Monday, March 28, 2022

"We've Saved the Best for Last" by Kenny G with Smokey Robinson

Song#:  3790
Date:  02/04/1989
Debut:  92
Peak:  47
Weeks:  9
Genre:  Adult Contemporary, R&B

Pop Bits:  Kenny G's fifth album Silhouette would nearly replicate the success of his previous LP, 1986's multi-platinum #6 Duotones. It would get to #8 and would eventually sell over 4 million copies. That success was due in part to the #13 Pop/#2 AC/#35 R&B title track hit. Also helping things along was this next single that featured vocals by the legendary Smokey Robinson. While it would miss out on the Pop Top 40, the song would get to #4 AC and #18 R&B. A third single, the instrumental "Against Doctor's Orders," would miss both the Pop and AC charts, but was able to eke out a #65 appearance at R&B.

ReduxReview:  Although this song heavily leaned towards AC, I was a little surprised it didn't get inside the Pop Top 40. Written by Dennis Matkosky, Lou Pardini, and Paul Gordon, it was a well-written tune that I assume was sent over to Kenny G by label head Clive Davis. Having Smokey Robinson stop by for the vocals was also a good call. That perhaps could have come about because Pardini and Robinson had history. Pardini wrote (with Jimmy George) Robinson's #8 Pop/#1 AC/#2 R&B hit "Just to See Her," which netted Robinson his first Grammy. However it all came about, it was one of the better pop collaborations that Kenny G recorded. He kept his noodling to a minimum and let Robinson take the wheel for the most part, which was a smart choice.

ReduxRating:  7/10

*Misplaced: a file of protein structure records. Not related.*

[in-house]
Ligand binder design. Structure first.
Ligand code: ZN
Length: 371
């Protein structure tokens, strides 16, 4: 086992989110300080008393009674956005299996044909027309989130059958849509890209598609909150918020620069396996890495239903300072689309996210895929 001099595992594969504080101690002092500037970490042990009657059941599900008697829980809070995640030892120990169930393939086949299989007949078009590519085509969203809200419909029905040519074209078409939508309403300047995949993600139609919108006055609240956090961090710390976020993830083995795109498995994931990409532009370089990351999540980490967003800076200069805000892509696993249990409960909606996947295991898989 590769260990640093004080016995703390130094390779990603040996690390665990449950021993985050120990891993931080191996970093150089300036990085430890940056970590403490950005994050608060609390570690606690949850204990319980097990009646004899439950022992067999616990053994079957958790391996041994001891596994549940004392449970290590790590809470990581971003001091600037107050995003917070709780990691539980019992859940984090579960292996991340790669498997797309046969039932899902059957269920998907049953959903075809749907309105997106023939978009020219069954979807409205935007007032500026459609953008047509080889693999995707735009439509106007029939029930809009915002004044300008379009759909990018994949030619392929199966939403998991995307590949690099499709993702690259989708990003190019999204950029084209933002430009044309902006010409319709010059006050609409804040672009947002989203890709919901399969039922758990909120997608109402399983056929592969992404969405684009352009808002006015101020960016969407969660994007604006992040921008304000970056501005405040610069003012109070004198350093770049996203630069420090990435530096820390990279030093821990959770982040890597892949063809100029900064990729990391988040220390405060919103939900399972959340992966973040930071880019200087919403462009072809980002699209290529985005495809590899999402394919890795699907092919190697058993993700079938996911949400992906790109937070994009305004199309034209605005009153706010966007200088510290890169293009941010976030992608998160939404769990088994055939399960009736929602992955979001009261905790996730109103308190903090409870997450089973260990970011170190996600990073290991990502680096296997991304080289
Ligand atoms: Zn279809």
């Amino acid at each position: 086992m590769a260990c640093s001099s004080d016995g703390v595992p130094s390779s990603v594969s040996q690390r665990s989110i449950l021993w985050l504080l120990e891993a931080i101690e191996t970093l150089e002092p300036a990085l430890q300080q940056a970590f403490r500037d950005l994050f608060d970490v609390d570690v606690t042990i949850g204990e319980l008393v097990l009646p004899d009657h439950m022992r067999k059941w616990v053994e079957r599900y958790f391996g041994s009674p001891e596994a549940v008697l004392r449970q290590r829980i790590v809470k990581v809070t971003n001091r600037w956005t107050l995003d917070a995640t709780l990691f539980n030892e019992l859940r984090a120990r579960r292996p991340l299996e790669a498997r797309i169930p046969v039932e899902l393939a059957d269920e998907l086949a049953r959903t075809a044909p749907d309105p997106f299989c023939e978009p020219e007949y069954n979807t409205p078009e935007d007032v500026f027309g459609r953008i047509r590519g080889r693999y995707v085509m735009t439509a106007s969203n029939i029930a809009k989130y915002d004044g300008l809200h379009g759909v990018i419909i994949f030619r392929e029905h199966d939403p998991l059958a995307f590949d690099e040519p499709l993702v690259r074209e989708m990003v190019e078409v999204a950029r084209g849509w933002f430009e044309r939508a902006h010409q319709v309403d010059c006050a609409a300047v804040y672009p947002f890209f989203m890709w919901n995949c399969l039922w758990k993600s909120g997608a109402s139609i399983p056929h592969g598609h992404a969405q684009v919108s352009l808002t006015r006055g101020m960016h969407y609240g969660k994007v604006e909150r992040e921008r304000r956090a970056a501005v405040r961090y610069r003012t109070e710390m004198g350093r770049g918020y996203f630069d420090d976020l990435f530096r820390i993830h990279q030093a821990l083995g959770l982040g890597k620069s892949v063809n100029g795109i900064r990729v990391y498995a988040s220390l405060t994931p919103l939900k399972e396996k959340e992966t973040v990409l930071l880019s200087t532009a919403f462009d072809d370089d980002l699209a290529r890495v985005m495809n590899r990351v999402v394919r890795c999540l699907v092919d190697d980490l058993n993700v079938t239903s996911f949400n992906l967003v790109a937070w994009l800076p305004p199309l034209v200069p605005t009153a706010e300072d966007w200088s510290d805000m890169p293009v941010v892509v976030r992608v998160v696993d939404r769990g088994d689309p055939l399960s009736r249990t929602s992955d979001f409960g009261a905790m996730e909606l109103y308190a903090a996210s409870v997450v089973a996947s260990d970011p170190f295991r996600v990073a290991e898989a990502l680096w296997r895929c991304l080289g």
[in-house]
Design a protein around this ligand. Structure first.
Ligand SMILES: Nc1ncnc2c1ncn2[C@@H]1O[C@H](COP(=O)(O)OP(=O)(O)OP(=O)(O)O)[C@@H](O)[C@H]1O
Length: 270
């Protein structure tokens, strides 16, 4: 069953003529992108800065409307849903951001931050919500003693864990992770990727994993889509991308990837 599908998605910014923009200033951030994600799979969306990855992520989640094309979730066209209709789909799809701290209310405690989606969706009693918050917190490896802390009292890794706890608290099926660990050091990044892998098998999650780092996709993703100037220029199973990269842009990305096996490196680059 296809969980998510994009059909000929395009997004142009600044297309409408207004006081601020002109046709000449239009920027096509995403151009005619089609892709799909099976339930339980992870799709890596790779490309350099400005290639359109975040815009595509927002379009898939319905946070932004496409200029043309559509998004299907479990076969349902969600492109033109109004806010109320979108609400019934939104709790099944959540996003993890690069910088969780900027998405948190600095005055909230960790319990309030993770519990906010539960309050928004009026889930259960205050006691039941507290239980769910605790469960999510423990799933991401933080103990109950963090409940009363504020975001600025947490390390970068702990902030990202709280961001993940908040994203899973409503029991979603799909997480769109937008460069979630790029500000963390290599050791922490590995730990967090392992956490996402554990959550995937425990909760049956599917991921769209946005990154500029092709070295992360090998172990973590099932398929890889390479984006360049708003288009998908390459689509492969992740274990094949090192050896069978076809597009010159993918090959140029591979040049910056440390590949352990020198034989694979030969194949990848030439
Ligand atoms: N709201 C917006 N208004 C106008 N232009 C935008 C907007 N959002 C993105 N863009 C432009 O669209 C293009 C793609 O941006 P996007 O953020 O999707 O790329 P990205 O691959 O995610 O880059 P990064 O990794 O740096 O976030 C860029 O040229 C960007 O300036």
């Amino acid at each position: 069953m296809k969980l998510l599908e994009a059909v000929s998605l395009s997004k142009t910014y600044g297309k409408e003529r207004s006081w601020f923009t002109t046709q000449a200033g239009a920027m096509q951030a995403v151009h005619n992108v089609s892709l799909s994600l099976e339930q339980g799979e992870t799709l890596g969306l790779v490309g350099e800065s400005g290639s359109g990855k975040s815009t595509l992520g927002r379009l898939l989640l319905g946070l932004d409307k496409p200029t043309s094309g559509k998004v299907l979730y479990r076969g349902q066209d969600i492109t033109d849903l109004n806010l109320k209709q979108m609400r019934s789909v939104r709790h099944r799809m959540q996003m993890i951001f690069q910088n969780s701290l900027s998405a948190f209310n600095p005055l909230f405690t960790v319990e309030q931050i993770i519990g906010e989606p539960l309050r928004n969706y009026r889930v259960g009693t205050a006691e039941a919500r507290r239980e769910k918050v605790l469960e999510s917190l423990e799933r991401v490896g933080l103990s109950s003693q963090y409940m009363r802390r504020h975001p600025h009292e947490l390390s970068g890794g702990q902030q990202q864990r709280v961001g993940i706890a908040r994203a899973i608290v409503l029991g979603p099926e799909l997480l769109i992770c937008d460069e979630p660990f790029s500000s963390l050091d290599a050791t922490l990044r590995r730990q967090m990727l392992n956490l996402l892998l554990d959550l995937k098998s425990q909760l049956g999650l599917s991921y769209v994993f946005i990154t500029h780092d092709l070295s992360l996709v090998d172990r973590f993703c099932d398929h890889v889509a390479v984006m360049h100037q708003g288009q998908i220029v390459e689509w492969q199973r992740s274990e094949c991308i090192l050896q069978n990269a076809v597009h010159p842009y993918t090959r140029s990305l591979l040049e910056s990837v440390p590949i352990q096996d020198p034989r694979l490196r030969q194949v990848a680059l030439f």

Trivia:  The Silhouette album would earn Kenny G his second Grammy nomination. The LP was up for Best Pop Instrumental Performance for the '89 awards. He would receive a third nomination the following year in the same category. However, it was for a song that did not appear on any of his studio albums. In the fall of '89, the jazz label GRP would issue out an album that celebrated the 40th anniversary of the Peanuts comic strip. The LP featured several artists (mainly from the jazz world) covering music and songs that had appeared in the Peanuts TV specials. Famous jazz artists including Chick Corea and Gerry Mulligan would perform on tracks along with stars such as B.B. King and Patti Austin. Kenny G would be invited to record a track and he would do a version of "Breadline Blues," a song written by Dave Grusin that first appeared in the 1988 TV miniseries This Is America, Charlie Brown. It would appear in the episode "The Smithsonian and the Presidency." Oddly, the Kenny G version that appeared on the Anniversary album would be released before the episode would air on TV on April 19, 1989.


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